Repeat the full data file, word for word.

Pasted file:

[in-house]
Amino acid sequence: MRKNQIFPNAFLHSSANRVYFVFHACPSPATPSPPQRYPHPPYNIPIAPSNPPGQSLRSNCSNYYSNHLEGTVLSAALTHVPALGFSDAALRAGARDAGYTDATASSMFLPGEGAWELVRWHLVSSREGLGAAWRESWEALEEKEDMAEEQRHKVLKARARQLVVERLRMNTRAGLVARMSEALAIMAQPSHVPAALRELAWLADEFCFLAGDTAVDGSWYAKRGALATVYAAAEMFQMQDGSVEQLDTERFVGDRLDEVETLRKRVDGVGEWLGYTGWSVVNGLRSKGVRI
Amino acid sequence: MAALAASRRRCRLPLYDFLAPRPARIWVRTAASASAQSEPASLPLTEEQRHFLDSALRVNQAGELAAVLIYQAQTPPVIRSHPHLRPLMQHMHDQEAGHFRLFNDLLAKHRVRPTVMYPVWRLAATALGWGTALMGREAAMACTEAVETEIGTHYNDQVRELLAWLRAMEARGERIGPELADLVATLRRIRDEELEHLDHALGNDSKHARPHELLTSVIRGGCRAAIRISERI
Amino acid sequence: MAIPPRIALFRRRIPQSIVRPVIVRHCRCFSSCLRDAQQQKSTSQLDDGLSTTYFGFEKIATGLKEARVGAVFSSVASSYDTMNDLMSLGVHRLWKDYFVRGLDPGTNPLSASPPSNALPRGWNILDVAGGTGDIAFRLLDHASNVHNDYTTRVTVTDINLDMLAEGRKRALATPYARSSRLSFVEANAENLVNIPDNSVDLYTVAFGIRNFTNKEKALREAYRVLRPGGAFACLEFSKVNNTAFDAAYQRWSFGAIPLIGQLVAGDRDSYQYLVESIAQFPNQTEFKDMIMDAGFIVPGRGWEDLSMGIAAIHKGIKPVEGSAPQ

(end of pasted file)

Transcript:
[in-house]
Amino acid sequence: MRKNQIFPNAFLHSSANRVYFVFHACPSPATPSPPQRYPHPPYNIPIAPSNPPGQSLRSNCSNYYSNHLEGTVLSAALTHVPALGFSDAALRAGARDAGYTDATASSMFLPGEGAWELVRWHLVSSREGLGAAWRESWEALEEKEDMAEEQRHKVLKARARQLVVERLRMNTRAGLVARMSEALAIMAQPSHVPAALRELAWLADEFCFLAGDTAVDGSWYAKRGALATVYAAAEMFQMQDGSVEQLDTERFVGDRLDEVETLRKRVDGVGEWLGYTGWSVVNGLRSKGVRI
Amino acid sequence: MAALAASRRRCRLPLYDFLAPRPARIWVRTAASASAQSEPASLPLTEEQRHFLDSALRVNQAGELAAVLIYQAQTPPVIRSHPHLRPLMQHMHDQEAGHFRLFNDLLAKHRVRPTVMYPVWRLAATALGWGTALMGREAAMACTEAVETEIGTHYNDQVRELLAWLRAMEARGERIGPELADLVATLRRIRDEELEHLDHALGNDSKHARPHELLTSVIRGGCRAAIRISERI
Amino acid sequence: MAIPPRIALFRRRIPQSIVRPVIVRHCRCFSSCLRDAQQQKSTSQLDDGLSTTYFGFEKIATGLKEARVGAVFSSVASSYDTMNDLMSLGVHRLWKDYFVRGLDPGTNPLSASPPSNALPRGWNILDVAGGTGDIAFRLLDHASNVHNDYTTRVTVTDINLDMLAEGRKRALATPYARSSRLSFVEANAENLVNIPDNSVDLYTVAFGIRNFTNKEKALREAYRVLRPGGAFACLEFSKVNNTAFDAAYQRWSFGAIPLIGQLVAGDRDSYQYLVESIAQFPNQTEFKDMIMDAGFIVPGRGWEDLSMGIAAIHKGIKPVEGSAPQ